Perhaps understandably, I have lost count of the number of times I have either written about The Society or have spoken of it. During a recent conversation it was suggested that I should find a more headline-grabbing name. You can tell that the conversation took place in the North when I tell you that the first suggestion was that we rename it ‘The Co-op’! The subsequent proposal was that we name The Society ‘The Mafia’! That would certainly have produced more interest but there was always the fear that such a title might just be a little too near the truth.
But, let me start in what to some might seem an unlikely place. I want to begin by paying genuine tribute to those who have felt led by God to join the Ordinariate. Some of my oldest friends are among their number. On a personal note, over the past months what Newman famously called “the parting of friends” has literally at times brought me to the point of tears. I begin here because, right from the first suggestion of forming The Society, some immediately responded by saying it was a swift proposal to try and produce an alternative to the Ordinariate. Nothing was further from the founders’ minds. What we recognised was that just as some were driven by conscience to join the Ordinariate so many others were equally driven by conscience, at least for the time being, to remain within the Church of England. Such people surely had the right to explore how best to organise for the future and especially to identify what might be the most likely ecclesial provision that might be not only acceptable to them but also to the Church of England. Our friends who have in conscience joined the Ordinariate must surely now give us space to try and bring this about. Perhaps I should just say at this point just how much I have appreciated the understanding and encouragement for working towards a successful establishment of The Society that I and others have received from some of our Roman Catholic colleagues.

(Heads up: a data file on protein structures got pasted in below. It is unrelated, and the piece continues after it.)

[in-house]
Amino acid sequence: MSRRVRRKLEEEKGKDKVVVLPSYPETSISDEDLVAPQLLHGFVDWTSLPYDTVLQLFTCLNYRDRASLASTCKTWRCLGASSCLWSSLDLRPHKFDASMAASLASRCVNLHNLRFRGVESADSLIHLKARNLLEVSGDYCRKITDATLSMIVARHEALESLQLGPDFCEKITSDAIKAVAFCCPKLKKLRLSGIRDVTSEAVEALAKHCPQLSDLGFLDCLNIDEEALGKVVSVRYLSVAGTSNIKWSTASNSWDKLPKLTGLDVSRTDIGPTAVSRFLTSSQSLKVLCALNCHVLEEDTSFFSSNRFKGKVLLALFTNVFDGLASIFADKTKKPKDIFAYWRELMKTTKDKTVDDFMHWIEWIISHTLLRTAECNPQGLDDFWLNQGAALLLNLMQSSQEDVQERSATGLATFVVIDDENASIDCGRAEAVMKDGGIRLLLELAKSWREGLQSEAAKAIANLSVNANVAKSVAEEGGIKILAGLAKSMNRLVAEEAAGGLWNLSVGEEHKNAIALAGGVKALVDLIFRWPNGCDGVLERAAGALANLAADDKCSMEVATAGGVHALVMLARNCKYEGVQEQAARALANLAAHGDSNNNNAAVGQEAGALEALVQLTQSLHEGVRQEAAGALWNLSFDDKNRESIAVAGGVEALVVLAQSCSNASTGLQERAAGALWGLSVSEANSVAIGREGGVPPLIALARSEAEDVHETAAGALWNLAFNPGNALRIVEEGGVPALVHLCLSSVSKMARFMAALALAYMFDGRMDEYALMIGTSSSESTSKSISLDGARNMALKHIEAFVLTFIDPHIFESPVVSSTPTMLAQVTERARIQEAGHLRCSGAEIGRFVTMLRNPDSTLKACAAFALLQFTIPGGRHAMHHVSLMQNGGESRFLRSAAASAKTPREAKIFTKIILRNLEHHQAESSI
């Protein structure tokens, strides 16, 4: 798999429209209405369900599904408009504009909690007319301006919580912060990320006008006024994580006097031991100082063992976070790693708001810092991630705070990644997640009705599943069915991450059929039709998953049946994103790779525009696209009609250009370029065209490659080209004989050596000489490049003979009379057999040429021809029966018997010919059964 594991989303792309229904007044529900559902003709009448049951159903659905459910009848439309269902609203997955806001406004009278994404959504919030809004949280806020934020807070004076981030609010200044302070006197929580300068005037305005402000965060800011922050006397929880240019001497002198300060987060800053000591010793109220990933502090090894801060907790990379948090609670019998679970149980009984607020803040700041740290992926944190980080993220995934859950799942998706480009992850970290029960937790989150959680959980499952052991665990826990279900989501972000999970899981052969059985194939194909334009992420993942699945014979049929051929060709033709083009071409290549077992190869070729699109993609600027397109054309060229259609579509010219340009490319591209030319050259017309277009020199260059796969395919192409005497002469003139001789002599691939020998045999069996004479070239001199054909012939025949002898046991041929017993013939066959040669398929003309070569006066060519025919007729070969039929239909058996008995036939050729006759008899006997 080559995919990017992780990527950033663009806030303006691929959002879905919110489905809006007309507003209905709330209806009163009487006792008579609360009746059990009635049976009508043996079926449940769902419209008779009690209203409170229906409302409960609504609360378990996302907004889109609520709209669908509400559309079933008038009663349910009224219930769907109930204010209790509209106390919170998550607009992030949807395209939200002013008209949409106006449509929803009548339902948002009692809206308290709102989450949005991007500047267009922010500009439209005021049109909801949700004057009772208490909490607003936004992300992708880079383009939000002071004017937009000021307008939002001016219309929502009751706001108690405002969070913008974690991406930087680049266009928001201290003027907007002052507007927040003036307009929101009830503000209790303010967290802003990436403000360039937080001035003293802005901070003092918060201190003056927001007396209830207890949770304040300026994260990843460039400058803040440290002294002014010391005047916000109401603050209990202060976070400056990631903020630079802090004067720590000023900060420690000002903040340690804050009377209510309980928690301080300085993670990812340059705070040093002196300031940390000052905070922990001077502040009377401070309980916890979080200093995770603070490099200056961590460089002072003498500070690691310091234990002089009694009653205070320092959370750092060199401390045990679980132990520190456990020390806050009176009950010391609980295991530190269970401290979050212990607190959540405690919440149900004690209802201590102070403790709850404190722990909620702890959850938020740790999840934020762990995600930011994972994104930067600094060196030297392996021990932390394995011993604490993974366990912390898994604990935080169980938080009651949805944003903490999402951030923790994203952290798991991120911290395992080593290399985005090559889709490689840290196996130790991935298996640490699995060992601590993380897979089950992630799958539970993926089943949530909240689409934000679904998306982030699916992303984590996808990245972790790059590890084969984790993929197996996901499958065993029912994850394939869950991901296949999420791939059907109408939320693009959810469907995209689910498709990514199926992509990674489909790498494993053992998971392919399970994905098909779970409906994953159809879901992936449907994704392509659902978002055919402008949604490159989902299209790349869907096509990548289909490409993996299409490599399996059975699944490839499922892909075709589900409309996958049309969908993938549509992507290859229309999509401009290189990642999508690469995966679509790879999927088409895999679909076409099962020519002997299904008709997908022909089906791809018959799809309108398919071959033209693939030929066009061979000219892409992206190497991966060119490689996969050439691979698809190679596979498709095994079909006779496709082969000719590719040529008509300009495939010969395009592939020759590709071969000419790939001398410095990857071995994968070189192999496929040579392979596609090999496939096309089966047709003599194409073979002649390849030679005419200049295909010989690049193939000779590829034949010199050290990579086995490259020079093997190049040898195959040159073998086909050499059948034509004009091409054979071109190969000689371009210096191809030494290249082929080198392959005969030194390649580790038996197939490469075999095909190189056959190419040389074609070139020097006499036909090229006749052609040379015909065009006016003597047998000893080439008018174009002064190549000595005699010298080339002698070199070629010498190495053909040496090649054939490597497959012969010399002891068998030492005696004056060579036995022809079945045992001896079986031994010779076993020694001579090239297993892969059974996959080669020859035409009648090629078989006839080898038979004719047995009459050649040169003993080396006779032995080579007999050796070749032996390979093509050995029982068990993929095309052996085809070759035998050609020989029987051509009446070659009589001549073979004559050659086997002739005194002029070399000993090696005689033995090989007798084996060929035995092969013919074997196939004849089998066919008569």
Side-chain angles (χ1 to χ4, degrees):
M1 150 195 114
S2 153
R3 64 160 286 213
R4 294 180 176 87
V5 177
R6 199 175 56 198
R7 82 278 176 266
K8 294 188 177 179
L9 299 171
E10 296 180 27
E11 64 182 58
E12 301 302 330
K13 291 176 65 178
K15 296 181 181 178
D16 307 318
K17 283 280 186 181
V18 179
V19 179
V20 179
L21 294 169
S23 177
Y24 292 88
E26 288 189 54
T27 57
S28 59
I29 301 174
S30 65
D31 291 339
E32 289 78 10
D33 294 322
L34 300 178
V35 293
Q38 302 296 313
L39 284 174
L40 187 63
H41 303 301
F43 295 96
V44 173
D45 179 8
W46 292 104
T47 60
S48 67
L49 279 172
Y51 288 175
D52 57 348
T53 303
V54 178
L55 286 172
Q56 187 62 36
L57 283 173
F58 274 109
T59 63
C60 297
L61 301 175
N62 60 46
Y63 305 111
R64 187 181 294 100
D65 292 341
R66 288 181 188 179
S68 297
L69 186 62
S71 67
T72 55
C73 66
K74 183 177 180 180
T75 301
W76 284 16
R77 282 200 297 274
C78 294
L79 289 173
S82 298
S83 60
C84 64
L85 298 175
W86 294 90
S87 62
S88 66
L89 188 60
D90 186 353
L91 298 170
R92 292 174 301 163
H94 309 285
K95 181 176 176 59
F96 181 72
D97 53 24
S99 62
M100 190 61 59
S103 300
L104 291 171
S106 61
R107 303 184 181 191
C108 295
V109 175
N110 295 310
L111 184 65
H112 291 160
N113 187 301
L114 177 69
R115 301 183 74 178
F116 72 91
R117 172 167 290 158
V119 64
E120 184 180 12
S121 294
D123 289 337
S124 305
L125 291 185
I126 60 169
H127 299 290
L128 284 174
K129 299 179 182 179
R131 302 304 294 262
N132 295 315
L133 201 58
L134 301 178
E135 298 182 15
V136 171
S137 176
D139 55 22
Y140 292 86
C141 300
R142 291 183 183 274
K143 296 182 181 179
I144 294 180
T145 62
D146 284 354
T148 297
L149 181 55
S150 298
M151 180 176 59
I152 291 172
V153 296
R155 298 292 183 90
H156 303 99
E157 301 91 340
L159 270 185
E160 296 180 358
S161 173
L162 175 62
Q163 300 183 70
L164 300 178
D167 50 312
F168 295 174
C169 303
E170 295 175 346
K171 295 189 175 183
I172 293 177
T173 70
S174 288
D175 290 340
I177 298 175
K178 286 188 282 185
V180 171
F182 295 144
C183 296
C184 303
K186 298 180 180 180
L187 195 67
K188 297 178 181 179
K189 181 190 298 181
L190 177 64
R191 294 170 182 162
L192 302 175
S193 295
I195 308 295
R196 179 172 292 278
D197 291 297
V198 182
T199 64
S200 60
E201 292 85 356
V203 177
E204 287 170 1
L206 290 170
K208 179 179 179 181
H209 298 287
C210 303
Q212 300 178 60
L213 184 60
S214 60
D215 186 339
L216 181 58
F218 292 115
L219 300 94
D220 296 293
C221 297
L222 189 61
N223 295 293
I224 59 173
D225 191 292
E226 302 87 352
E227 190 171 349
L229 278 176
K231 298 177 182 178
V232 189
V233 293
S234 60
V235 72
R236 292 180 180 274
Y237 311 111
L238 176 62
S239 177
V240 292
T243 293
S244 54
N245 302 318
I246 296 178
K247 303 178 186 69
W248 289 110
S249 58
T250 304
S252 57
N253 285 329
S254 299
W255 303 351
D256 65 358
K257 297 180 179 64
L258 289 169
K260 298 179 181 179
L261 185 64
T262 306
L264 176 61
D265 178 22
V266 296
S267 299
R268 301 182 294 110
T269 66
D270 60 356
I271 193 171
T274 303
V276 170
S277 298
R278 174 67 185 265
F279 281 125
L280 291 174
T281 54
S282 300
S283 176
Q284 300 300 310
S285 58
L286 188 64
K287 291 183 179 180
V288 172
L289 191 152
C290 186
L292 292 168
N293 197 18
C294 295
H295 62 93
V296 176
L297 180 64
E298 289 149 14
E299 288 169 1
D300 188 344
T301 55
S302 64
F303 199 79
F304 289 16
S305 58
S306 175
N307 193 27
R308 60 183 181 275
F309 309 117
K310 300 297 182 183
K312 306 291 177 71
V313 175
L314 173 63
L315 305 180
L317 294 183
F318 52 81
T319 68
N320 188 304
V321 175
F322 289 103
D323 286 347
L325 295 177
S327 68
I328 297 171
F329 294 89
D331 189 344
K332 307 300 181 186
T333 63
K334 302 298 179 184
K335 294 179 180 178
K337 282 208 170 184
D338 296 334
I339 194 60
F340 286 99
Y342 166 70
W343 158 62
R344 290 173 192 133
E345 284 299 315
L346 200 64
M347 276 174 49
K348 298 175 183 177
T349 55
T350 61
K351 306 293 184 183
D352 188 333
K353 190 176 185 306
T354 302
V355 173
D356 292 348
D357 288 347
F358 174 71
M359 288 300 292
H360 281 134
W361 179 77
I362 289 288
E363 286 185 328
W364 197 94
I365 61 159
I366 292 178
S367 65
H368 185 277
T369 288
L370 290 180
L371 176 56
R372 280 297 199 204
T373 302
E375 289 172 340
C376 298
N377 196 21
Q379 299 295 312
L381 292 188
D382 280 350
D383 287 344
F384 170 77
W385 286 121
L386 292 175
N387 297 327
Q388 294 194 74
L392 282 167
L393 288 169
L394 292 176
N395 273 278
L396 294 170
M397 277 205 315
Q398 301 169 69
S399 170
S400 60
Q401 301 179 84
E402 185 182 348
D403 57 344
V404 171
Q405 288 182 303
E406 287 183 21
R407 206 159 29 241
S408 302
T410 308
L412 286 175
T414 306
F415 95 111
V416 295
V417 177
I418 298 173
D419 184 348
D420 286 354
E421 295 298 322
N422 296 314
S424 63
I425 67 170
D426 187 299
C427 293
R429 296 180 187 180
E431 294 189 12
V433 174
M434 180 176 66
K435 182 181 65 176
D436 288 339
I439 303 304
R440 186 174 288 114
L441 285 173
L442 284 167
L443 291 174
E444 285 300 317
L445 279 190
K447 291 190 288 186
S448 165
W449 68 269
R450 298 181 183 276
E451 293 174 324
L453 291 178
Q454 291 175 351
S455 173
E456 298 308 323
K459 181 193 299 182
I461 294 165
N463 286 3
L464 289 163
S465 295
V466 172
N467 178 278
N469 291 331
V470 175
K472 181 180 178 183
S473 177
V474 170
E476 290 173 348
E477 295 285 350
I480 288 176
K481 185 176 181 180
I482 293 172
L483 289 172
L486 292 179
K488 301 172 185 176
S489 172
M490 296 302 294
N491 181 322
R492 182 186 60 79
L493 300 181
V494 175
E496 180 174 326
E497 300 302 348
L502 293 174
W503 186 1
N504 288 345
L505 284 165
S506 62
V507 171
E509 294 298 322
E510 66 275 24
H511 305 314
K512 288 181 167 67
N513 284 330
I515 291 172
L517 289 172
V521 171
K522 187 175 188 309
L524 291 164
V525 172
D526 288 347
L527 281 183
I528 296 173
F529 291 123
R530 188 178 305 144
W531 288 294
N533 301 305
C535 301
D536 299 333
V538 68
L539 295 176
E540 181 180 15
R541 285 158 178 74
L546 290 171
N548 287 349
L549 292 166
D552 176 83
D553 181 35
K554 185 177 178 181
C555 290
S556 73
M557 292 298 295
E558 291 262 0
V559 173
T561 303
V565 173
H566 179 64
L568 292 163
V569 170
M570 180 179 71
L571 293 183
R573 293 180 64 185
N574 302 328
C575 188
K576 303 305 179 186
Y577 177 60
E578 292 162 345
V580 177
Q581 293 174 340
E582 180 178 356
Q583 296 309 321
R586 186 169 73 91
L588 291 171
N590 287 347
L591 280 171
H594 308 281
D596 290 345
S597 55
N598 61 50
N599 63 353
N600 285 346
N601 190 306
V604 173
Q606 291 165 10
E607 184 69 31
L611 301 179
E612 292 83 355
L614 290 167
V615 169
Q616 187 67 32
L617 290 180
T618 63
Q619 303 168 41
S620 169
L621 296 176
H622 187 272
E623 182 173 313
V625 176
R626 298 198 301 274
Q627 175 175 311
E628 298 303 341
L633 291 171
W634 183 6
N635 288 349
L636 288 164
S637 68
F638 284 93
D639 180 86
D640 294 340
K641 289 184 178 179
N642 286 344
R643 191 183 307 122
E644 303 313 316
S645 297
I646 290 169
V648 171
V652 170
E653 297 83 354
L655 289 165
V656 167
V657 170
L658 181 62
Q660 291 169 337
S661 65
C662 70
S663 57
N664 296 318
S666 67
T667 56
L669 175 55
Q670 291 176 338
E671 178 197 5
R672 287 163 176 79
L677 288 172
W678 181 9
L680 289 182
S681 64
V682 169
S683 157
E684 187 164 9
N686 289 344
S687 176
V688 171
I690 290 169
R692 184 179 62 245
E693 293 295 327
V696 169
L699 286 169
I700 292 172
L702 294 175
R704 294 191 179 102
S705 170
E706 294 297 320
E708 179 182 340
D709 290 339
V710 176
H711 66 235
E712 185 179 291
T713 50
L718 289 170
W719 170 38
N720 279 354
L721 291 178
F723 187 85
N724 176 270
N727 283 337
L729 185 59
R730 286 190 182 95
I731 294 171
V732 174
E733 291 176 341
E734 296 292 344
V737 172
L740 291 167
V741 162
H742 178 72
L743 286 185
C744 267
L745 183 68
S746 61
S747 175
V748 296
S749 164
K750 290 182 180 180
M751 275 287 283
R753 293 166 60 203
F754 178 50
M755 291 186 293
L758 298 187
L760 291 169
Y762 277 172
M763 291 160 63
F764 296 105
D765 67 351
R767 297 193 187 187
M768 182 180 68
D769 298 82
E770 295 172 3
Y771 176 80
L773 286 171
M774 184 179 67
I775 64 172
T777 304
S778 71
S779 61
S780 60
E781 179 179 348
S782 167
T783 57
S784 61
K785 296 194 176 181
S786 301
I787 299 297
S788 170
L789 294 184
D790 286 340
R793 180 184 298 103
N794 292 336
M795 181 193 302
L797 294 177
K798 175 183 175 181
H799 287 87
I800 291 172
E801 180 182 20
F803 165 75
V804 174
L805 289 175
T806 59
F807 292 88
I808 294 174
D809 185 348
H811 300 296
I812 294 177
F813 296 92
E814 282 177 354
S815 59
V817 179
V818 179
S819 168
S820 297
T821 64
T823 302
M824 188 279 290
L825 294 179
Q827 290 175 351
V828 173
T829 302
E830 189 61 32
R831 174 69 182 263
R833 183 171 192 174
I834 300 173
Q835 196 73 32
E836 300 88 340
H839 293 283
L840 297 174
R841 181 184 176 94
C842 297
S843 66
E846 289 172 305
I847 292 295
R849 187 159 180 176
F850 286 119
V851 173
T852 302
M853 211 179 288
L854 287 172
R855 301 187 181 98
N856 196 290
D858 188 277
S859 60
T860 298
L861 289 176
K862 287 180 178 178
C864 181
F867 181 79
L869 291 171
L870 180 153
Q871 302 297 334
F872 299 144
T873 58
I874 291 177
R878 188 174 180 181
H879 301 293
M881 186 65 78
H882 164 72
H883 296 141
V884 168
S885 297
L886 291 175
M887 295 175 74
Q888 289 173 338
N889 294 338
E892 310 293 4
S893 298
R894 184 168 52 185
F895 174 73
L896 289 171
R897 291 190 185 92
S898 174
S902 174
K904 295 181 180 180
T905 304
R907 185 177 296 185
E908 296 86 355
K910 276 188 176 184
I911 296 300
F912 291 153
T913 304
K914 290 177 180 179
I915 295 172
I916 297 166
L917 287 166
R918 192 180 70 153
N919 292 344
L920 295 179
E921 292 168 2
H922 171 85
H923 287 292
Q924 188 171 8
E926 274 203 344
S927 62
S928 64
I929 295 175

Indeed, I am sure some of you will have heard Bishop Geoffrey Rowell speak of his recent visit to Rome and of his audience with Pope Benedict. Bishop Geoffrey came away confident that Pope Benedict understood why some of us sought to stay within the Church of England to work for the establishment of The Society. The important thing was that we should remain close to each other in our journey towards Christian Unity.
The key question in seeking to establish The Society is how can we produce something which still enshrines a basic understanding of what it means to be a church of priests, deacons and people gathered around its bishops, given that the Church of England, were it to admit women to the episcopate, has steadfastly set itself against permitting separate dioceses for those of us who could not assent to such an act. I doubt I need to set the problem out in full. Most of us here have lived with the dilemma for many years. We want bishops who are truly our fathers in God, who are the font of our sacramental life, and so also have the care of us that flows from such a position. We want priests who are clearly the priests of such a bishop, alternates with him and with one another as, by their ministries, they bind us more and more into the authentic life of the catholic church.